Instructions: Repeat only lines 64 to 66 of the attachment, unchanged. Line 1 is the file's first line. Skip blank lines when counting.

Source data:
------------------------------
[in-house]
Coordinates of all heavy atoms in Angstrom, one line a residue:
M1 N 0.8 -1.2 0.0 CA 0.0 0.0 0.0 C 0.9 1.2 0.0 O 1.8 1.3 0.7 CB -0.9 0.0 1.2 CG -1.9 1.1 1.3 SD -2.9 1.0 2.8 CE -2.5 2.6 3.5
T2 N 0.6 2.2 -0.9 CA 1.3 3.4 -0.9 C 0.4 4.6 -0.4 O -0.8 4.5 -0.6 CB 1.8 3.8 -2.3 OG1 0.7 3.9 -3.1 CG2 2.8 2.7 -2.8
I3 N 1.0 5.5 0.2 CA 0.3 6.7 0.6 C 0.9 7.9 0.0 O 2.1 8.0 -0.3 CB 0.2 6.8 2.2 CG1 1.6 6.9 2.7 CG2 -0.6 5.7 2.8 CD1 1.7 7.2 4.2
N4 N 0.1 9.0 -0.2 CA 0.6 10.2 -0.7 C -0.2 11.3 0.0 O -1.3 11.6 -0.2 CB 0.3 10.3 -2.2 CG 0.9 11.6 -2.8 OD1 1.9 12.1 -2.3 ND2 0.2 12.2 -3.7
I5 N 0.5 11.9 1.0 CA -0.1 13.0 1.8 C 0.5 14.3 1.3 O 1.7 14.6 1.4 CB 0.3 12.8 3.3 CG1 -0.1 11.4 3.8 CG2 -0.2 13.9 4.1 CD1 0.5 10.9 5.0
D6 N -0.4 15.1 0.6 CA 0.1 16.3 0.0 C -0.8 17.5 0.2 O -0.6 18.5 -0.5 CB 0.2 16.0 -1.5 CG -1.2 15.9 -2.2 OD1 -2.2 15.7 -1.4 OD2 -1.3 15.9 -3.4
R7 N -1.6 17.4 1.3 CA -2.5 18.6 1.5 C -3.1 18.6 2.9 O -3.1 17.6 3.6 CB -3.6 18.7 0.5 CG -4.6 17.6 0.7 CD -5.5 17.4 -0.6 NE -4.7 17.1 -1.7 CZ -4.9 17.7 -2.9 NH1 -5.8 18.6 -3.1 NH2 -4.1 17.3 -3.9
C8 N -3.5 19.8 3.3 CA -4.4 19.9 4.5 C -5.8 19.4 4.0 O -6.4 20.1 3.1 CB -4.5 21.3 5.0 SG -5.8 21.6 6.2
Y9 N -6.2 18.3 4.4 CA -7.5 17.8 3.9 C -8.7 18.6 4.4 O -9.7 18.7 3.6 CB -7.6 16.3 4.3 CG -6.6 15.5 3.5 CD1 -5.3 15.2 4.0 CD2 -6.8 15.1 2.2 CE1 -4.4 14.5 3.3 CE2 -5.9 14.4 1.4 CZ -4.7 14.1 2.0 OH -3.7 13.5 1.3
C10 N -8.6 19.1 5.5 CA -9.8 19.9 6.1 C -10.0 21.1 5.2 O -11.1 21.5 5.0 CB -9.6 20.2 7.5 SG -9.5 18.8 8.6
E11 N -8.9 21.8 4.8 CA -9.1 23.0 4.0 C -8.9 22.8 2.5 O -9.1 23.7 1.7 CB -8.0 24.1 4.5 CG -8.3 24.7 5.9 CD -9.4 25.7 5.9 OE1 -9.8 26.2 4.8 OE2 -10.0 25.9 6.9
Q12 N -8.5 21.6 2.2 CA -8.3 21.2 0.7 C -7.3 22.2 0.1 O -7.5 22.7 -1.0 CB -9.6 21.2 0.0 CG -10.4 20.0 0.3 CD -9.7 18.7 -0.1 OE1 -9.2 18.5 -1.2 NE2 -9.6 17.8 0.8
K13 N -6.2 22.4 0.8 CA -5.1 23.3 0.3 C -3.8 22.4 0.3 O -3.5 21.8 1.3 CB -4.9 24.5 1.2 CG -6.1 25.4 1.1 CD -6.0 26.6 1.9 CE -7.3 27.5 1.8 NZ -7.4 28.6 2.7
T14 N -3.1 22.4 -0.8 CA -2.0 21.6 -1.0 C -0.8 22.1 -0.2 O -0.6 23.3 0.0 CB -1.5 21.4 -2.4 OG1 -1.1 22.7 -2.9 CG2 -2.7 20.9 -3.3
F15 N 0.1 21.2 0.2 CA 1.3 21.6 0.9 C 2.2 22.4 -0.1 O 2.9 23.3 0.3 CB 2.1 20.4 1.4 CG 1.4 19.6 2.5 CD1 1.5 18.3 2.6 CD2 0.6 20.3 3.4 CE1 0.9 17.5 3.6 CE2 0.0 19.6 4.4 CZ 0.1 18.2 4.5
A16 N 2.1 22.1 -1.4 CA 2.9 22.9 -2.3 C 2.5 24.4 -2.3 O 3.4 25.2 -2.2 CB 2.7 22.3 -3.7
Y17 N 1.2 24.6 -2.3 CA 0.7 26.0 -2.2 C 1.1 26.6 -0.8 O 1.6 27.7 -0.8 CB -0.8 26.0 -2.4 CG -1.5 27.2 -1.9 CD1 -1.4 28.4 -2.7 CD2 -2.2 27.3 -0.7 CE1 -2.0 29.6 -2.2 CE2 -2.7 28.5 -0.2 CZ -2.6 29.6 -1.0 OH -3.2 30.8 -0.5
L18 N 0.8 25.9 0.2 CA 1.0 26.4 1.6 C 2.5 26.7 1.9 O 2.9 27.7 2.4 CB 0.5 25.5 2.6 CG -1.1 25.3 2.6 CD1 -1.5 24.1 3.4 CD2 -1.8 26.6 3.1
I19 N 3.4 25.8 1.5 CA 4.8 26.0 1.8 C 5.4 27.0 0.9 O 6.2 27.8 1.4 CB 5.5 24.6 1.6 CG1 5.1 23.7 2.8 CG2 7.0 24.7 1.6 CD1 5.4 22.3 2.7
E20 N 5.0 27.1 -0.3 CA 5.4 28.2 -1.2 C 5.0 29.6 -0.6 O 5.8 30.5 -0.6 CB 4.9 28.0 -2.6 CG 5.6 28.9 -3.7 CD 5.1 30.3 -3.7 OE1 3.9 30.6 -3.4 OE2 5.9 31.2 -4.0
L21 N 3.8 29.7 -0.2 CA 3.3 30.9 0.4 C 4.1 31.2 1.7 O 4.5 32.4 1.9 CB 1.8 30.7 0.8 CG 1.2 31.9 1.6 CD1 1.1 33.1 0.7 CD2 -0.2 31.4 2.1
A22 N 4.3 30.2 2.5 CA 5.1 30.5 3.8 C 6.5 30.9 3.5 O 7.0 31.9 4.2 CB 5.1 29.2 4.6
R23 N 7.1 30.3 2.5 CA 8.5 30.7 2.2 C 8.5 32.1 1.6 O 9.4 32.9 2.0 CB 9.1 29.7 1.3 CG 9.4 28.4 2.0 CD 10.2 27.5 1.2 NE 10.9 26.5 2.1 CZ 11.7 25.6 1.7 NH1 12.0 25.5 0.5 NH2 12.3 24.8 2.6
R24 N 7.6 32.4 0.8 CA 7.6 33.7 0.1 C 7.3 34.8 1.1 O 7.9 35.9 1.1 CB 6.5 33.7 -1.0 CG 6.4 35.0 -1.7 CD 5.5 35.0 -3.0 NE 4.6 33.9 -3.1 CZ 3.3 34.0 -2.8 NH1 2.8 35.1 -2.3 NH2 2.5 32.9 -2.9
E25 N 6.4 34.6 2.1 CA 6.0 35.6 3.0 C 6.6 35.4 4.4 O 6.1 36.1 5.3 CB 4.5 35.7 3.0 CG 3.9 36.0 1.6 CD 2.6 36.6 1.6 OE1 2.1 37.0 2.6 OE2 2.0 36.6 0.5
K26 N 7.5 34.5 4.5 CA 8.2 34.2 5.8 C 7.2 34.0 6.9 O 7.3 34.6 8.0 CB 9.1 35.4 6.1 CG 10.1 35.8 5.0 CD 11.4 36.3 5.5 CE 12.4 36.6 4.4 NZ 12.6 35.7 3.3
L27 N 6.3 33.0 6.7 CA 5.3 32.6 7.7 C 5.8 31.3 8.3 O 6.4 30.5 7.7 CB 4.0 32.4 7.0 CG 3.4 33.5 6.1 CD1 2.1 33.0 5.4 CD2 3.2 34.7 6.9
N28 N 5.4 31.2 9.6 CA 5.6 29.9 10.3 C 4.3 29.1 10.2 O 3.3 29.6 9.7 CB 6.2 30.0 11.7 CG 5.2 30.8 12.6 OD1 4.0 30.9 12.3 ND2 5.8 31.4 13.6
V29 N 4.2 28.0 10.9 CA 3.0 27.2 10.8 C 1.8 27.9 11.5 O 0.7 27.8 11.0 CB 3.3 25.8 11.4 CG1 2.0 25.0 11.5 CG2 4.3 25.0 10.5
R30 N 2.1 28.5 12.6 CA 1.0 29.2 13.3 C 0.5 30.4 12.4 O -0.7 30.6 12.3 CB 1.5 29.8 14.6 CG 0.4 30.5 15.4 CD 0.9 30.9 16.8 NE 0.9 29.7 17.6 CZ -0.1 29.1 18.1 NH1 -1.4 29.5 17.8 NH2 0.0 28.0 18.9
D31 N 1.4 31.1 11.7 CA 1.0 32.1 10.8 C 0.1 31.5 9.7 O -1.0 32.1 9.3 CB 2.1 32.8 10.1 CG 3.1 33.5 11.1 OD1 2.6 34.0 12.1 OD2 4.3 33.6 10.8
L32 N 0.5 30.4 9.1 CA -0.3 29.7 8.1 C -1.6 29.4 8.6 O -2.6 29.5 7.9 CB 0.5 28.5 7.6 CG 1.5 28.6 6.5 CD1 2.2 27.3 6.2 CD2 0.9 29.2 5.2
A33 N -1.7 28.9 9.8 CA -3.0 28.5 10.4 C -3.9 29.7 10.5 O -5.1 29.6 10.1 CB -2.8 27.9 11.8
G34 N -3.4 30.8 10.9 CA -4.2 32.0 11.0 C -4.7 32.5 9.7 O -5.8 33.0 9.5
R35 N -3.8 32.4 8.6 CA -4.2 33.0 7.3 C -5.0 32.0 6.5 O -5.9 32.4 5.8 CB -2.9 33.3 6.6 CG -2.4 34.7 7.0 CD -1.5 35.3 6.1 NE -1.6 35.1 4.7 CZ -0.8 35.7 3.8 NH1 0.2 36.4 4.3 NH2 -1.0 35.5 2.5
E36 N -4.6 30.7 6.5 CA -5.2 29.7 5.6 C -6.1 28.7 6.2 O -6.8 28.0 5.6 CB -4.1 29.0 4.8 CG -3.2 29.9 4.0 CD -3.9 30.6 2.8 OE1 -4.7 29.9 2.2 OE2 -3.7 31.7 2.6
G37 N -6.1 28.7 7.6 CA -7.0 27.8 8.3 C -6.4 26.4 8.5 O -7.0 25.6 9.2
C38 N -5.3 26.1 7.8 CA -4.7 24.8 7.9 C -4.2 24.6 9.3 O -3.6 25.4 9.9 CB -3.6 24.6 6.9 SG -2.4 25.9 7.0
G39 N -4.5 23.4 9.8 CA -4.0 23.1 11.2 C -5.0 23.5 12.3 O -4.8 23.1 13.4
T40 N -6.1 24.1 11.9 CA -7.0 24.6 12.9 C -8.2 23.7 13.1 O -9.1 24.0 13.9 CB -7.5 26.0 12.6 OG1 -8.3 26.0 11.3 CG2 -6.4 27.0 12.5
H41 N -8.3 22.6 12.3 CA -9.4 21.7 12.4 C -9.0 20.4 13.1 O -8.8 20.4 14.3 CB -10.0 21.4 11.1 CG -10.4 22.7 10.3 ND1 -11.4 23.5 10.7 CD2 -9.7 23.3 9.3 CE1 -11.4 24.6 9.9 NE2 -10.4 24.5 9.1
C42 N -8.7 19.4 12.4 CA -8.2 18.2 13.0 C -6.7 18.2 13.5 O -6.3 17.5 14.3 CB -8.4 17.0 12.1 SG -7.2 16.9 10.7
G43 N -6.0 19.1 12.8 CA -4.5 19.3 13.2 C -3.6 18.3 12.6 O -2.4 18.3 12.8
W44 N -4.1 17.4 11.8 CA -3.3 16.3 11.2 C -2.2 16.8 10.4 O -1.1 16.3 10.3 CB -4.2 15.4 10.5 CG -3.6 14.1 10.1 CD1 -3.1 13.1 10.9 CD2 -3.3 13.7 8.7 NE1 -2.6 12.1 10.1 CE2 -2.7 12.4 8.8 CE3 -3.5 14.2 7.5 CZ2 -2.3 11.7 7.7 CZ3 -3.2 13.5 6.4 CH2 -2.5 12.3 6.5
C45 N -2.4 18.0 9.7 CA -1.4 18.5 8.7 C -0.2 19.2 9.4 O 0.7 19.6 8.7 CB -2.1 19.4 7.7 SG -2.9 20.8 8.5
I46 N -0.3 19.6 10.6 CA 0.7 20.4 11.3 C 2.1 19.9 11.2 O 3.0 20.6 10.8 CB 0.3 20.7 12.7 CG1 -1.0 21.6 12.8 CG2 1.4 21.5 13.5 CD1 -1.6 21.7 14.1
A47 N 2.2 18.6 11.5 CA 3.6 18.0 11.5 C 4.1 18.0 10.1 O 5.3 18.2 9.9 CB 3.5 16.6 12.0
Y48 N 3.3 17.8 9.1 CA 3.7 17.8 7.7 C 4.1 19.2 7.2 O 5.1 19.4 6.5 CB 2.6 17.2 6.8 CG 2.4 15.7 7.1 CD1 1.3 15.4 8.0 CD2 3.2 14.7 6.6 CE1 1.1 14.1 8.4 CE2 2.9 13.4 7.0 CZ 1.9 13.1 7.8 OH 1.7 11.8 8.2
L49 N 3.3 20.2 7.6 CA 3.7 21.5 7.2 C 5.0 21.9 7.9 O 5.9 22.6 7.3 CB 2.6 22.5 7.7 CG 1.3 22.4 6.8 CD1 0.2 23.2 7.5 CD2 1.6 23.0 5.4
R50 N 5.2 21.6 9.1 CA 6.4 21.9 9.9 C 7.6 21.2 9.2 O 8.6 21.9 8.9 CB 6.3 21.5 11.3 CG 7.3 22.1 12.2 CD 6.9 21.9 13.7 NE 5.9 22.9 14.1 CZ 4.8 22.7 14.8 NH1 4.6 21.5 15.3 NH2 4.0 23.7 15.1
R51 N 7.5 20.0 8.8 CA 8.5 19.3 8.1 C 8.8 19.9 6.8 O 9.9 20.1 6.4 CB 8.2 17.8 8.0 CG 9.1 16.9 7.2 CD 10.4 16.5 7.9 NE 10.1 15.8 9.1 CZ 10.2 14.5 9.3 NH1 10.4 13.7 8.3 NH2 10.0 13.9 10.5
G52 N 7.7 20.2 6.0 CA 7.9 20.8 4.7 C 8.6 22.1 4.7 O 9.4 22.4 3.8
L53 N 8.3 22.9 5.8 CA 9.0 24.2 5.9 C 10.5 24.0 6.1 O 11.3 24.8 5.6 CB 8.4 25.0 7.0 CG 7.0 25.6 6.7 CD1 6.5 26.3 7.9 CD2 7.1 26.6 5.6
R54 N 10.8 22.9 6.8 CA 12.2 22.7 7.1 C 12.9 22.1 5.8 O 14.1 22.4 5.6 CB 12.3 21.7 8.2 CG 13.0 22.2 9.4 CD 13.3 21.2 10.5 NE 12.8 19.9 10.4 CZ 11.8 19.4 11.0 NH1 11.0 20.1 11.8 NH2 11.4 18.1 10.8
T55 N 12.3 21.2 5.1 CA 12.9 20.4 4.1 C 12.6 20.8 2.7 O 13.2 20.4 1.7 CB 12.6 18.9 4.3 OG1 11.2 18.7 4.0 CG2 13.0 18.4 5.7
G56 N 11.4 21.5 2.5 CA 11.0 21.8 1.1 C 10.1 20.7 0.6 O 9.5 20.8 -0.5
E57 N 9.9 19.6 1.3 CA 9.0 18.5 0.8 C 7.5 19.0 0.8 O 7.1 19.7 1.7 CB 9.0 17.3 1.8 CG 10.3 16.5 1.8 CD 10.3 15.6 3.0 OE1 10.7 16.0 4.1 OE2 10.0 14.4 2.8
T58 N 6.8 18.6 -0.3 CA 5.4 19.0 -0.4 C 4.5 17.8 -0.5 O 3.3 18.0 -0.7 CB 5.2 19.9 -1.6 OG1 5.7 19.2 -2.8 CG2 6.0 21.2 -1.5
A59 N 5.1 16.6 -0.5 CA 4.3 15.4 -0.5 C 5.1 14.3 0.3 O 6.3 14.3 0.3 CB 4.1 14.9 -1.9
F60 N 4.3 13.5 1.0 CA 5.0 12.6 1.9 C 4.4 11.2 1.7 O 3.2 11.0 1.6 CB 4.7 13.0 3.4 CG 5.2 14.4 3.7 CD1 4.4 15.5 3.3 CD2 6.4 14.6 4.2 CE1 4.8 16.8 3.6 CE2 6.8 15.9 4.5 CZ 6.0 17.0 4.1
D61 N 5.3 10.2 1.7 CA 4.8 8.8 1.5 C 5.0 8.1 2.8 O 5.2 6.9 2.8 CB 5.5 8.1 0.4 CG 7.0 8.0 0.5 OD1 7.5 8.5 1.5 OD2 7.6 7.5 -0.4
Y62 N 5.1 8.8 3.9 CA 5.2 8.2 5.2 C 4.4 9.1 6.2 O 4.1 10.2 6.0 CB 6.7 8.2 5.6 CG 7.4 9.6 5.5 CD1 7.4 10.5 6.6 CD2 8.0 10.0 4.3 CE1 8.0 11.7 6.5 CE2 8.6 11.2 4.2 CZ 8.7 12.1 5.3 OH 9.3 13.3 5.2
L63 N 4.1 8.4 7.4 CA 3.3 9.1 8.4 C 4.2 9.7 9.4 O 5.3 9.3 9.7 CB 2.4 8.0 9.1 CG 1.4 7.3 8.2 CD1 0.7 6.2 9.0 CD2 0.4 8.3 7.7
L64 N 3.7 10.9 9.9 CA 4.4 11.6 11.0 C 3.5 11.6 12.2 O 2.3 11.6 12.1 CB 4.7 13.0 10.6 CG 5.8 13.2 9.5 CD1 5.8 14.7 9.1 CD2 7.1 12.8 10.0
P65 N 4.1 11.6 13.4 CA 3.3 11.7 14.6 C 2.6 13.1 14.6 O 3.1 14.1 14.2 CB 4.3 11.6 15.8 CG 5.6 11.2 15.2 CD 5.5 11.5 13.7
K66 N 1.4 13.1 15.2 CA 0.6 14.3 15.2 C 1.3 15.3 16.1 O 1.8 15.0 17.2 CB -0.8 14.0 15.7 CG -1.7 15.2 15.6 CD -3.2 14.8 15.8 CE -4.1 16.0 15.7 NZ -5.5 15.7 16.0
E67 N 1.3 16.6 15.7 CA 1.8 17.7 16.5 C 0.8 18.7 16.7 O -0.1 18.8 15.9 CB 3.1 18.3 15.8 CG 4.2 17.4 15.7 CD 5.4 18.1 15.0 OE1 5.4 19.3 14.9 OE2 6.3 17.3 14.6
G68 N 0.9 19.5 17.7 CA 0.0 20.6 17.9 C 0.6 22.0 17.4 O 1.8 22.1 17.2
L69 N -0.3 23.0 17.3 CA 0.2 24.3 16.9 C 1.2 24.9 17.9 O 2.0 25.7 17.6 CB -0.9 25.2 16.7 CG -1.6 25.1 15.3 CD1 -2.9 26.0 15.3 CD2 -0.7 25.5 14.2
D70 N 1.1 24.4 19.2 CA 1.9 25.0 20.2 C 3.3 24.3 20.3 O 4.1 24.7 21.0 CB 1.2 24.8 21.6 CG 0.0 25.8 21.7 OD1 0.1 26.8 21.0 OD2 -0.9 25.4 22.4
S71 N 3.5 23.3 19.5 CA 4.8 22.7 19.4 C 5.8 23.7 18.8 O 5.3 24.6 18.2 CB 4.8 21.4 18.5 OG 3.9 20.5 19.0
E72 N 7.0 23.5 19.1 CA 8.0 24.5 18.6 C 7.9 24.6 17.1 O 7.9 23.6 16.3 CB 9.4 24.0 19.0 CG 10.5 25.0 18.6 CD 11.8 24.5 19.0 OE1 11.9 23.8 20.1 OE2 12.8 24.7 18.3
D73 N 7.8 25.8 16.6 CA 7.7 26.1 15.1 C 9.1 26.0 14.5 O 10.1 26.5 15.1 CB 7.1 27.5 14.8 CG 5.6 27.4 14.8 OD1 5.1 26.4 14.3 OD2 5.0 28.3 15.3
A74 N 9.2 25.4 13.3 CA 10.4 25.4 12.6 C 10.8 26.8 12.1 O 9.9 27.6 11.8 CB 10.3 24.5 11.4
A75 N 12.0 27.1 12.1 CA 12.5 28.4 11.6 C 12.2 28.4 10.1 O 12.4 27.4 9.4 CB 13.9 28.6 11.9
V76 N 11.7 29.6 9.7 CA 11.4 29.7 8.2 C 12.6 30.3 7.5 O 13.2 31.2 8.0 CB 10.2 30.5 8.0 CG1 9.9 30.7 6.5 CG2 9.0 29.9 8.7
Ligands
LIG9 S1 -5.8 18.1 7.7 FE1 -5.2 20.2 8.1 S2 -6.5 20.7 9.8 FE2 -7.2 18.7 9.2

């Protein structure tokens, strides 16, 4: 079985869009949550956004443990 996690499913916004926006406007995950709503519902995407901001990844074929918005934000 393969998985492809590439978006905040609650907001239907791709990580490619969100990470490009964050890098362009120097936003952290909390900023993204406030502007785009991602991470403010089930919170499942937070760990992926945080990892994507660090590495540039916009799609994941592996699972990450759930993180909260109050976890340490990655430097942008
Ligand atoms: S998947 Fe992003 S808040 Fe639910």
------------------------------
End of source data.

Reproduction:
Y62 N 5.1 8.8 3.9 CA 5.2 8.2 5.2 C 4.4 9.1 6.2 O 4.1 10.2 6.0 CB 6.7 8.2 5.6 CG 7.4 9.6 5.5 CD1 7.4 10.5 6.6 CD2 8.0 10.0 4.3 CE1 8.0 11.7 6.5 CE2 8.6 11.2 4.2 CZ 8.7 12.1 5.3 OH 9.3 13.3 5.2
L63 N 4.1 8.4 7.4 CA 3.3 9.1 8.4 C 4.2 9.7 9.4 O 5.3 9.3 9.7 CB 2.4 8.0 9.1 CG 1.4 7.3 8.2 CD1 0.7 6.2 9.0 CD2 0.4 8.3 7.7
L64 N 3.7 10.9 9.9 CA 4.4 11.6 11.0 C 3.5 11.6 12.2 O 2.3 11.6 12.1 CB 4.7 13.0 10.6 CG 5.8 13.2 9.5 CD1 5.8 14.7 9.1 CD2 7.1 12.8 10.0